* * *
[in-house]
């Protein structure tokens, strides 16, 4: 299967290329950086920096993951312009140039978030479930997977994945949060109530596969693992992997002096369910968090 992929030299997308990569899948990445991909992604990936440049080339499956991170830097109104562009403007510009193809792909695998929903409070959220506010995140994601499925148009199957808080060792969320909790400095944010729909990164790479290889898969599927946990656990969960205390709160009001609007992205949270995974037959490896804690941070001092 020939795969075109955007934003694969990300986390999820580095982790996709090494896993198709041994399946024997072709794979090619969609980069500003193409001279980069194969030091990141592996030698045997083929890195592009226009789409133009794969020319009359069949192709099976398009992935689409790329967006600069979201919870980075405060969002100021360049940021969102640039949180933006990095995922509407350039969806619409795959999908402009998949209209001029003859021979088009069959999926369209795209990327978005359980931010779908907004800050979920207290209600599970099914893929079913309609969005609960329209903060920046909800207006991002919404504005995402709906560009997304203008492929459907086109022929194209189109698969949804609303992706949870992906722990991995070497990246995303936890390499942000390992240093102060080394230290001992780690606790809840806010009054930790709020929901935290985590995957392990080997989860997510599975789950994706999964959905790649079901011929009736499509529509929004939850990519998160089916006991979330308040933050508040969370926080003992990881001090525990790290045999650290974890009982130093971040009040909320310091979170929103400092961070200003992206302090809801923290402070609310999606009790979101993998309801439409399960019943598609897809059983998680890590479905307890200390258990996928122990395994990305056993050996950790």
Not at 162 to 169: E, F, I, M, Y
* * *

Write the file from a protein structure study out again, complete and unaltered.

[in-house]
């Protein structure tokens, strides 16, 4: 299967290329950086920096993951312009140039978030479930997977994945949060109530596969693992992997002096369910968090 992929030299997308990569899948990445991909992604990936440049080339499956991170830097109104562009403007510009193809792909695998929903409070959220506010995140994601499925148009199957808080060792969320909790400095944010729909990164790479290889898969599927946990656990969960205390709160009001609007992205949270995974037959490896804690941070001092 020939795969075109955007934003694969990300986390999820580095982790996709090494896993198709041994399946024997072709794979090619969609980069500003193409001279980069194969030091990141592996030698045997083929890195592009226009789409133009794969020319009359069949192709099976398009992935689409790329967006600069979201919870980075405060969002100021360049940021969102640039949180933006990095995922509407350039969806619409795959999908402009998949209209001029003859021979088009069959999926369209795209990327978005359980931010779908907004800050979920207290209600599970099914893929079913309609969005609960329209903060920046909800207006991002919404504005995402709906560009997304203008492929459907086109022929194209189109698969949804609303992706949870992906722990991995070497990246995303936890390499942000390992240093102060080394230290001992780690606790809840806010009054930790709020929901935290985590995957392990080997989860997510599975789950994706999964959905790649079901011929009736499509529509929004939850990519998160089916006991979330308040933050508040969370926080003992990881001090525990790290045999650290974890009982130093971040009040909320310091979170929103400092961070200003992206302090809801923290402070609310999606009790979101993998309801439409399960019943598609897809059983998680890590479905307890200390258990996928122990395994990305056993050996950790």
Not at 162 to 169: E, F, I, M, Y